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earth, but it has lost its savour ;-the glory of Christ is clouded by the darkness of men's minds, and they see not that they want the anointing of the Holy One; they will not' buy eye-salve, that they may see.' This is called a day of great light; and it certainly is a day of great activity in furtherance of various religious objects ;-large subscriptions are gathered ; funds accumulated; missionaries sent to foreign lands ;-but where is the pure unadulterated truth among ourselves ? Where is the full and free gospel of Christ Jesus preached at home into our own bosoms? Where are the faithful disciples of Christ ;-those who will follow him through evil report as well as through good; who, feeling themselves profitless, unworthy, and vile, praise him in accents of grateful and adoring thanksgiving, trampling on the merits of the creature, and magnifying and exalting the work of the Redeemer. Light is said to be fast spreading, but how few and faint are the gleams of the Sun of Righteousness upon our hearts! Oh! that he would arise with healing in his wings ! that he would manifest himself more unto his people, as he doth not unto the world,' that it might no longer with truth be said unto the professing Christian, Thy wisdom and thy knowledge, it hath perverted thee.'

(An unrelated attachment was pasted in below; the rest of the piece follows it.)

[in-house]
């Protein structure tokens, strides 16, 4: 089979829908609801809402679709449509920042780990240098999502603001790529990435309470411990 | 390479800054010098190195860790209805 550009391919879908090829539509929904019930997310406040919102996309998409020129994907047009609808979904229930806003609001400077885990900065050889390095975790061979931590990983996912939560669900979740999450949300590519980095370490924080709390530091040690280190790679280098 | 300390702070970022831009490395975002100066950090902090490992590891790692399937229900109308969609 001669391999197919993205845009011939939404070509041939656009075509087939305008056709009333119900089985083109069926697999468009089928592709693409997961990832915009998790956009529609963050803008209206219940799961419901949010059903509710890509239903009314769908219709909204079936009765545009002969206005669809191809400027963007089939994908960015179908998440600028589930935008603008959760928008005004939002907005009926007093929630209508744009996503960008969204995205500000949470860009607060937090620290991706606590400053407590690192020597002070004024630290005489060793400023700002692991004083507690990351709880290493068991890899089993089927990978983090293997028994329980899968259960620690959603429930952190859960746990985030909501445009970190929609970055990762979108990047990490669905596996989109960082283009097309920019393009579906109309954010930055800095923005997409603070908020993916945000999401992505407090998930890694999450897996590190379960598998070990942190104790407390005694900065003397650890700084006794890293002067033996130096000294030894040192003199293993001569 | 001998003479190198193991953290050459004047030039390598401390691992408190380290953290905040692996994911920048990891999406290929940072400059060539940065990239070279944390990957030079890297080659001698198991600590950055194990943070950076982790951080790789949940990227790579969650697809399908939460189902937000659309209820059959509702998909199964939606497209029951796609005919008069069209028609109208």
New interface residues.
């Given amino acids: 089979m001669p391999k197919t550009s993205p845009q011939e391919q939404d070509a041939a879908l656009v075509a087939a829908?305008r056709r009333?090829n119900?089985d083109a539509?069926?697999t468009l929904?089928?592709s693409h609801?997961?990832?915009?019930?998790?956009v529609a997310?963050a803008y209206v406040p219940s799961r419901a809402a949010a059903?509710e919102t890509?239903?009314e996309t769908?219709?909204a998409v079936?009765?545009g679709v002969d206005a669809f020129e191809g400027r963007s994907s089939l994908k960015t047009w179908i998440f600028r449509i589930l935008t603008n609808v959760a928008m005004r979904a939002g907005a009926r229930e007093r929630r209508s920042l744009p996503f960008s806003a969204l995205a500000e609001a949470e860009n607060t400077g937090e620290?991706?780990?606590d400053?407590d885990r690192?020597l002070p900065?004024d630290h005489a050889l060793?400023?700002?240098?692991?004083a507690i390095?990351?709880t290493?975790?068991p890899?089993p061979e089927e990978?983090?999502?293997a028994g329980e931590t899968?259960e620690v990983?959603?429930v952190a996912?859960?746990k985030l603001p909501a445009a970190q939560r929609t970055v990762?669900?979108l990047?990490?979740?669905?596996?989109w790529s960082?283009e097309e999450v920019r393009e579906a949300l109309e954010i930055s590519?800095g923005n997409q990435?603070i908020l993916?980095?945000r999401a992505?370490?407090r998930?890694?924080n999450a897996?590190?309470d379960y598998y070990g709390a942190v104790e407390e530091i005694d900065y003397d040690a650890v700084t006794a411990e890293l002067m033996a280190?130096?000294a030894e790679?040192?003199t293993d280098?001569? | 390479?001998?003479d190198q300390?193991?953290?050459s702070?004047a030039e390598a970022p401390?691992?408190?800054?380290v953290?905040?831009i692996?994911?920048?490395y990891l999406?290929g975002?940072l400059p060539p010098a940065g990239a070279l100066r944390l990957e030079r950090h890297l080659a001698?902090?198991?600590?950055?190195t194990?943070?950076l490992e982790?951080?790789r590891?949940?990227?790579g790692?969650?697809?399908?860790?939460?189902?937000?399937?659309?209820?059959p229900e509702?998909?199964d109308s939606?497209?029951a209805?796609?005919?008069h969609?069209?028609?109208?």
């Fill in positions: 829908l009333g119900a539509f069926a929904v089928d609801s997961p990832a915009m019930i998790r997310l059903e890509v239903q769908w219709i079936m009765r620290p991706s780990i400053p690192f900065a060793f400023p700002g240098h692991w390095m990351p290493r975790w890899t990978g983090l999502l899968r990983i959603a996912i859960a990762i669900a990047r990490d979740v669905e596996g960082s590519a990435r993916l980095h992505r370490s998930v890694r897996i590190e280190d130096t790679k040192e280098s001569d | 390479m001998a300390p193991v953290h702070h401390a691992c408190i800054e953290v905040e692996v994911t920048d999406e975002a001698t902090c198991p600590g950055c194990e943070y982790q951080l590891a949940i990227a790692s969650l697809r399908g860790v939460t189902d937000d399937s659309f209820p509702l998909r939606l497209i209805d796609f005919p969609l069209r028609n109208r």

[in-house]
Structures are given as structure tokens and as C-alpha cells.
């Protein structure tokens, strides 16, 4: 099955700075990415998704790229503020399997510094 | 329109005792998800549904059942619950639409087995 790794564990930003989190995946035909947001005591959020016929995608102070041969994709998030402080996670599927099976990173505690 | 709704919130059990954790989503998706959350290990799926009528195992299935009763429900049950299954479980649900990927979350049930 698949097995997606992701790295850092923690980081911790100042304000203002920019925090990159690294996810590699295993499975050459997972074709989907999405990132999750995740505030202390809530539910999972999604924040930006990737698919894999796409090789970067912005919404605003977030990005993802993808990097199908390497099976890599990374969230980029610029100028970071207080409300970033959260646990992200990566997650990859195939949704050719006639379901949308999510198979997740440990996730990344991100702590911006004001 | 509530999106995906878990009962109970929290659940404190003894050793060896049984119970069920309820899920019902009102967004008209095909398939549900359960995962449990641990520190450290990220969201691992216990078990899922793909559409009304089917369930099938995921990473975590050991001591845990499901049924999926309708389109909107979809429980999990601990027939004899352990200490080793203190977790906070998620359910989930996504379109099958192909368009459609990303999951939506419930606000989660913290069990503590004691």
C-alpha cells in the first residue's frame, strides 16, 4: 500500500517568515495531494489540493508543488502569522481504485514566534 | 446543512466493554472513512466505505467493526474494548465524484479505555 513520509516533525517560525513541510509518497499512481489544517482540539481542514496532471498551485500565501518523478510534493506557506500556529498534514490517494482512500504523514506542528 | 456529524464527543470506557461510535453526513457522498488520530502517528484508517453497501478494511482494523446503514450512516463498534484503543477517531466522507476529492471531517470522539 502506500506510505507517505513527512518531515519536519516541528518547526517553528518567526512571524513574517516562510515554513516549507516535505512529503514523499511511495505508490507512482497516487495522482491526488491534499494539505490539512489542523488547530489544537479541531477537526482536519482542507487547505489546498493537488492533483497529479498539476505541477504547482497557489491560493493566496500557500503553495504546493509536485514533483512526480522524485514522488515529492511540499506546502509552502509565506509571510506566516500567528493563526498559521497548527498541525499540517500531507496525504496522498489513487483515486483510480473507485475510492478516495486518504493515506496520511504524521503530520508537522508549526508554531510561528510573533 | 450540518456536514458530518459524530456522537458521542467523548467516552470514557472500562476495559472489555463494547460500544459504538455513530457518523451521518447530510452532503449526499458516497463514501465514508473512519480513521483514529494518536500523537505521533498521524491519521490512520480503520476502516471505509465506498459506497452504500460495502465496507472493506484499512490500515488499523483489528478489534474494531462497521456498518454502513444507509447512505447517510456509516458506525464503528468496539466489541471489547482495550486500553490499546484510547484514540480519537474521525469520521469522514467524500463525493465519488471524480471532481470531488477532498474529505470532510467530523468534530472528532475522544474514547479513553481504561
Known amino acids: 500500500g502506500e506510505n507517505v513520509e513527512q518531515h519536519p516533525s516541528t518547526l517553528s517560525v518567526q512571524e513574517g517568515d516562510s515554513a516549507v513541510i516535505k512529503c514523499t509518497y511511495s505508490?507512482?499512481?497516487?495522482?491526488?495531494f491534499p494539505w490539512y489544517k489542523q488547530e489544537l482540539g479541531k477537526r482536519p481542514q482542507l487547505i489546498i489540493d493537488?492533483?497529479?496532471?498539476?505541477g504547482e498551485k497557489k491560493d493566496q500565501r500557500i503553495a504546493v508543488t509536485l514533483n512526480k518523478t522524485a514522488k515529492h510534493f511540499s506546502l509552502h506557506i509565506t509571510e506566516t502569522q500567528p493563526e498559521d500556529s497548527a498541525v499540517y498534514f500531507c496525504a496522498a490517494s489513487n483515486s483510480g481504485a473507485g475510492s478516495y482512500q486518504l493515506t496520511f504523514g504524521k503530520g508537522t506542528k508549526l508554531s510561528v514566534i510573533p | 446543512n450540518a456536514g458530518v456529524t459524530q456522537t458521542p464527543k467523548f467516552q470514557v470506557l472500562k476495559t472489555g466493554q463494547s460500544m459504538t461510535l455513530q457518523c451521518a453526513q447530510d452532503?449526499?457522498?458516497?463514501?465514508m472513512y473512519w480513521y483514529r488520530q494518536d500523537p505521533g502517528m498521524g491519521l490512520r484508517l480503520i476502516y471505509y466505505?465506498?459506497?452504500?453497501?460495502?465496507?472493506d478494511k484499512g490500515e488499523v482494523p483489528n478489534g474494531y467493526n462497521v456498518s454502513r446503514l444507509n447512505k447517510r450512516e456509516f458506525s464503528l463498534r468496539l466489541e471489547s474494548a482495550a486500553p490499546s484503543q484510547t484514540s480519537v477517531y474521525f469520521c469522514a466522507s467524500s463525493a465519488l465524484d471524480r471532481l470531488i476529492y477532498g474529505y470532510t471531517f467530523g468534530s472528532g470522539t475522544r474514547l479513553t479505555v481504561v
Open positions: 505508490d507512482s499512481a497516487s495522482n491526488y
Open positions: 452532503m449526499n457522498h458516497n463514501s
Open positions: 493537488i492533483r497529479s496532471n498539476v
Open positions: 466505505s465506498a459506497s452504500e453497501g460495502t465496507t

The time drew near for Mary's departure, and she took leave of her friends, and especially of Cora Wilmot, with regret, yet under the hope of meeting them another year : but when the moment came for parting from her brother it was not without many painful feelings that she bade him farewell, and turned to gain another glimpse of his residence before the road finally shut it from her view. There is something in the tie of natural affection; in the power of early habits; and the association of youthful ideas, which has an irresistible influence over the mind; -an influence which neither time nor change of circumstances can entirely destroy. Persons nearly related may be separated for years ;--may have heard little of each other ;-and may even appear to have become incapable of the warm